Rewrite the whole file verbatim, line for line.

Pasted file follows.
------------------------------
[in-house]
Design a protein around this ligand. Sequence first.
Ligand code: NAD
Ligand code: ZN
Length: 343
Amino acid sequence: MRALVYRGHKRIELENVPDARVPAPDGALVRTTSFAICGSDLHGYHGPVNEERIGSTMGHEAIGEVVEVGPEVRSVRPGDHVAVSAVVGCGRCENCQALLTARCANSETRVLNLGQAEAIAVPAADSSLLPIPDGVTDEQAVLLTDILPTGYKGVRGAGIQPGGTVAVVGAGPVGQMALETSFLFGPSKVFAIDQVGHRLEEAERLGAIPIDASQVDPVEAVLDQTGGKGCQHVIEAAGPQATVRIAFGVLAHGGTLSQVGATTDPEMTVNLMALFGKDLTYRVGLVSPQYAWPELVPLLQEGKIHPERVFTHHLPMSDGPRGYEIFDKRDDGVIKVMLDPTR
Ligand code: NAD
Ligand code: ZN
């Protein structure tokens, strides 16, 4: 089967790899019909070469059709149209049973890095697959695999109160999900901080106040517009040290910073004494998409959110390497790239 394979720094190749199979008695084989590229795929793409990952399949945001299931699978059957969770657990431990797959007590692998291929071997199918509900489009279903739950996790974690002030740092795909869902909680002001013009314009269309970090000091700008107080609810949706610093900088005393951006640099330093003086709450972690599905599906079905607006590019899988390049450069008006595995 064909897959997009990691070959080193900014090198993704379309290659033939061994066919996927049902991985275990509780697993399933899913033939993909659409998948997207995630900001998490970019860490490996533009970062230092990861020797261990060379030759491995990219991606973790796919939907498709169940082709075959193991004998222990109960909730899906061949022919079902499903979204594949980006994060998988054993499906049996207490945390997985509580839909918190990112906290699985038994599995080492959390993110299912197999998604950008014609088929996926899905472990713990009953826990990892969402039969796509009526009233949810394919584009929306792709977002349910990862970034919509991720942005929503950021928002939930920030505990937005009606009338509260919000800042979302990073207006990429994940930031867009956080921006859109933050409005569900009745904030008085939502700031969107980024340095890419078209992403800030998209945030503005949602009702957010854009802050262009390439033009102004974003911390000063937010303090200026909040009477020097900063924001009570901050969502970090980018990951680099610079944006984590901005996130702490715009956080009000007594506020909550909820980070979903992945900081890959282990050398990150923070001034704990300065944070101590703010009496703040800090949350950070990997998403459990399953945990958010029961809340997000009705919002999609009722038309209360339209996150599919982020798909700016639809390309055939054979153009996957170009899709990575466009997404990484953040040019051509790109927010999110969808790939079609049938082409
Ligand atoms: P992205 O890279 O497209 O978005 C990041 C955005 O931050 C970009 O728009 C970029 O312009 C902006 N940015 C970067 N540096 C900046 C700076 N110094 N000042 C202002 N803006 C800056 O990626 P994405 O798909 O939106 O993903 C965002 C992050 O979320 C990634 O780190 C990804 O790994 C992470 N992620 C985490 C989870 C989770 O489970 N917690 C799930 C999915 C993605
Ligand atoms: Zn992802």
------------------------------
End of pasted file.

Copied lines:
[in-house]
Design a protein around this ligand. Sequence first.
Ligand code: NAD
Ligand code: ZN
Length: 343
Amino acid sequence: MRALVYRGHKRIELENVPDARVPAPDGALVRTTSFAICGSDLHGYHGPVNEERIGSTMGHEAIGEVVEVGPEVRSVRPGDHVAVSAVVGCGRCENCQALLTARCANSETRVLNLGQAEAIAVPAADSSLLPIPDGVTDEQAVLLTDILPTGYKGVRGAGIQPGGTVAVVGAGPVGQMALETSFLFGPSKVFAIDQVGHRLEEAERLGAIPIDASQVDPVEAVLDQTGGKGCQHVIEAAGPQATVRIAFGVLAHGGTLSQVGATTDPEMTVNLMALFGKDLTYRVGLVSPQYAWPELVPLLQEGKIHPERVFTHHLPMSDGPRGYEIFDKRDDGVIKVMLDPTR
Ligand code: NAD
Ligand code: ZN
């Protein structure tokens, strides 16, 4: 089967790899019909070469059709149209049973890095697959695999109160999900901080106040517009040290910073004494998409959110390497790239 394979720094190749199979008695084989590229795929793409990952399949945001299931699978059957969770657990431990797959007590692998291929071997199918509900489009279903739950996790974690002030740092795909869902909680002001013009314009269309970090000091700008107080609810949706610093900088005393951006640099330093003086709450972690599905599906079905607006590019899988390049450069008006595995 064909897959997009990691070959080193900014090198993704379309290659033939061994066919996927049902991985275990509780697993399933899913033939993909659409998948997207995630900001998490970019860490490996533009970062230092990861020797261990060379030759491995990219991606973790796919939907498709169940082709075959193991004998222990109960909730899906061949022919079902499903979204594949980006994060998988054993499906049996207490945390997985509580839909918190990112906290699985038994599995080492959390993110299912197999998604950008014609088929996926899905472990713990009953826990990892969402039969796509009526009233949810394919584009929306792709977002349910990862970034919509991720942005929503950021928002939930920030505990937005009606009338509260919000800042979302990073207006990429994940930031867009956080921006859109933050409005569900009745904030008085939502700031969107980024340095890419078209992403800030998209945030503005949602009702957010854009802050262009390439033009102004974003911390000063937010303090200026909040009477020097900063924001009570901050969502970090980018990951680099610079944006984590901005996130702490715009956080009000007594506020909550909820980070979903992945900081890959282990050398990150923070001034704990300065944070101590703010009496703040800090949350950070990997998403459990399953945990958010029961809340997000009705919002999609009722038309209360339209996150599919982020798909700016639809390309055939054979153009996957170009899709990575466009997404990484953040040019051509790109927010999110969808790939079609049938082409
Ligand atoms: P992205 O890279 O497209 O978005 C990041 C955005 O931050 C970009 O728009 C970029 O312009 C902006 N940015 C970067 N540096 C900046 C700076 N110094 N000042 C202002 N803006 C800056 O990626 P994405 O798909 O939106 O993903 C965002 C992050 O979320 C990634 O780190 C990804 O790994 C992470 N992620 C985490 C989870 C989770 O489970 N917690 C799930 C999915 C993605
Ligand atoms: Zn992802």